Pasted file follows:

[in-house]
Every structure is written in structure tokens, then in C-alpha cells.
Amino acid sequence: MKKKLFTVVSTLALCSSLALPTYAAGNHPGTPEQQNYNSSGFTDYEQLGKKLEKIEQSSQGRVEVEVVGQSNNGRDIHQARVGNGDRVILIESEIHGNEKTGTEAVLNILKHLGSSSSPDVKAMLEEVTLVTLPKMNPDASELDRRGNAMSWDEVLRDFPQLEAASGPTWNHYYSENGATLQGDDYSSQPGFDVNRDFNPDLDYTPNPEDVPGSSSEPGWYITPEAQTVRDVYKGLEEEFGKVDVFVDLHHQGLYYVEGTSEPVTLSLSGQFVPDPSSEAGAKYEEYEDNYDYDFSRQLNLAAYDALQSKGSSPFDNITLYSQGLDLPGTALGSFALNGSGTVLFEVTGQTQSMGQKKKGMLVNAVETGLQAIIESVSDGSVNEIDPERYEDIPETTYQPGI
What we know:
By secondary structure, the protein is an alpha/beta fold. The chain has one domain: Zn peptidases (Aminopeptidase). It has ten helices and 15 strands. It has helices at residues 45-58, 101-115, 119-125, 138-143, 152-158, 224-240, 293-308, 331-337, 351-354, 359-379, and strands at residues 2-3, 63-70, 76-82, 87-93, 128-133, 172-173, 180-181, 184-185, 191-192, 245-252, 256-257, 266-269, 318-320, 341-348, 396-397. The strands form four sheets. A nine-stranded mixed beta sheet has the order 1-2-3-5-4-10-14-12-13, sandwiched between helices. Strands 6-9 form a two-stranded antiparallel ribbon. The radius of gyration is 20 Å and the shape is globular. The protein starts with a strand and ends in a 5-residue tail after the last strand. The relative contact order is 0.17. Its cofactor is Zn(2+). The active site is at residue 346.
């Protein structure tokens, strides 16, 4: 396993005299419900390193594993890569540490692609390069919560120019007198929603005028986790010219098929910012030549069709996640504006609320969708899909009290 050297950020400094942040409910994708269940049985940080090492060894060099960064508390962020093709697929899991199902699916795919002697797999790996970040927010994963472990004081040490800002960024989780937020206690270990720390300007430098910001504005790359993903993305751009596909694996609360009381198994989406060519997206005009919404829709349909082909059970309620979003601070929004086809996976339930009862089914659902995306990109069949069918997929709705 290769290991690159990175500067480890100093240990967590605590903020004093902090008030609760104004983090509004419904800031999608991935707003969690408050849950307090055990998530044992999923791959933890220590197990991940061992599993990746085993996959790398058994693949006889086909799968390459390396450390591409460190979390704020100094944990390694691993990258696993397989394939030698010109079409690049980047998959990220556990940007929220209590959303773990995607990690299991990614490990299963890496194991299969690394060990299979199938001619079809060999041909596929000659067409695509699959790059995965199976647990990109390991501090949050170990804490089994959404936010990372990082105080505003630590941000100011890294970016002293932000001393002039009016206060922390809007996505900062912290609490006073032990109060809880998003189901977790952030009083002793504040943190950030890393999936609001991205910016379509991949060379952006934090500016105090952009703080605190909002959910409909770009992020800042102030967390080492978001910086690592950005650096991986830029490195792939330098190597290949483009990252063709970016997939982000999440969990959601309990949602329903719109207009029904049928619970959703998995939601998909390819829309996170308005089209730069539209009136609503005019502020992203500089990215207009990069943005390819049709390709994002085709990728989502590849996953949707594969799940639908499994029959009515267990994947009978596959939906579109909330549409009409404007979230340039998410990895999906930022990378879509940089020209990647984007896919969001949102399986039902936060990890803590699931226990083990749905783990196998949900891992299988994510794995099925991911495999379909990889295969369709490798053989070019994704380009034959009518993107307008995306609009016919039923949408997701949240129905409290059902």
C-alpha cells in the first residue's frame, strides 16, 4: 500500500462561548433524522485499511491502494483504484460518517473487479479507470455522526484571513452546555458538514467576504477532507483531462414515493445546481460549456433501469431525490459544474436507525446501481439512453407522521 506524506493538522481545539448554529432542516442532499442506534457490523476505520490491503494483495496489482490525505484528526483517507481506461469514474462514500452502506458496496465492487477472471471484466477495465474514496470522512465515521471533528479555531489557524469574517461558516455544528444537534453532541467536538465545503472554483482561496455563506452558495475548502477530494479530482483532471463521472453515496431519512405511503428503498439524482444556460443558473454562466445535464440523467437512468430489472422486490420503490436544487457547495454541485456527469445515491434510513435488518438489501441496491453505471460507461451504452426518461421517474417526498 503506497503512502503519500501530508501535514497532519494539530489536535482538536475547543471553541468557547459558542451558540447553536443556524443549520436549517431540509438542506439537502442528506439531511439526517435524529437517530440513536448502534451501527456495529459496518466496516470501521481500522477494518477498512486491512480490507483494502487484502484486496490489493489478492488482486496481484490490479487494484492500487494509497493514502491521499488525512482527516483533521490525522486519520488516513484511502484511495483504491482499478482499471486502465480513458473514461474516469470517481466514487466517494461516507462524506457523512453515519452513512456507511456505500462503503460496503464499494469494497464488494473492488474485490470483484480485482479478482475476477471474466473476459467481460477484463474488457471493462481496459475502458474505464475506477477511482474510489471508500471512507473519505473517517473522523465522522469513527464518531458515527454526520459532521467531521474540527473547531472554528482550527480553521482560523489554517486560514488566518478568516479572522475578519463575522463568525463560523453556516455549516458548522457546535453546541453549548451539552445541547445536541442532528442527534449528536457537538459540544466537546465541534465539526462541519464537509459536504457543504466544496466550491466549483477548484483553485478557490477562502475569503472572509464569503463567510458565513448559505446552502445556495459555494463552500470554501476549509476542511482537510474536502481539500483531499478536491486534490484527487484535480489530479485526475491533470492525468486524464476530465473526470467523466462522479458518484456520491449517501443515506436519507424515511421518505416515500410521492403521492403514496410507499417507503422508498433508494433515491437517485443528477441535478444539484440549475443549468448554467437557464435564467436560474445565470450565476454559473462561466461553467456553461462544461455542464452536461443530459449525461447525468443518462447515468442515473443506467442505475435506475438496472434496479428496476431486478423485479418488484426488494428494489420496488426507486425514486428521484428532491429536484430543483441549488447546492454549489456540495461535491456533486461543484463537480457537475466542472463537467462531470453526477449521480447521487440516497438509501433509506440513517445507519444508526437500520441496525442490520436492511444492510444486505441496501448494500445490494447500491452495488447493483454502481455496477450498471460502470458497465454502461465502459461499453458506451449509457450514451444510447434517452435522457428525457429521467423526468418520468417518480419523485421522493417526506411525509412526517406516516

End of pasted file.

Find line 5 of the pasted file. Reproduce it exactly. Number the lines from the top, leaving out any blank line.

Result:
By secondary structure, the protein is an alpha/beta fold. The chain has one domain: Zn peptidases (Aminopeptidase). It has ten helices and 15 strands. It has helices at residues 45-58, 101-115, 119-125, 138-143, 152-158, 224-240, 293-308, 331-337, 351-354, 359-379, and strands at residues 2-3, 63-70, 76-82, 87-93, 128-133, 172-173, 180-181, 184-185, 191-192, 245-252, 256-257, 266-269, 318-320, 341-348, 396-397. The strands form four sheets. A nine-stranded mixed beta sheet has the order 1-2-3-5-4-10-14-12-13, sandwiched between helices. Strands 6-9 form a two-stranded antiparallel ribbon. The radius of gyration is 20 Å and the shape is globular. The protein starts with a strand and ends in a 5-residue tail after the last strand. The relative contact order is 0.17. Its cofactor is Zn(2+). The active site is at residue 346.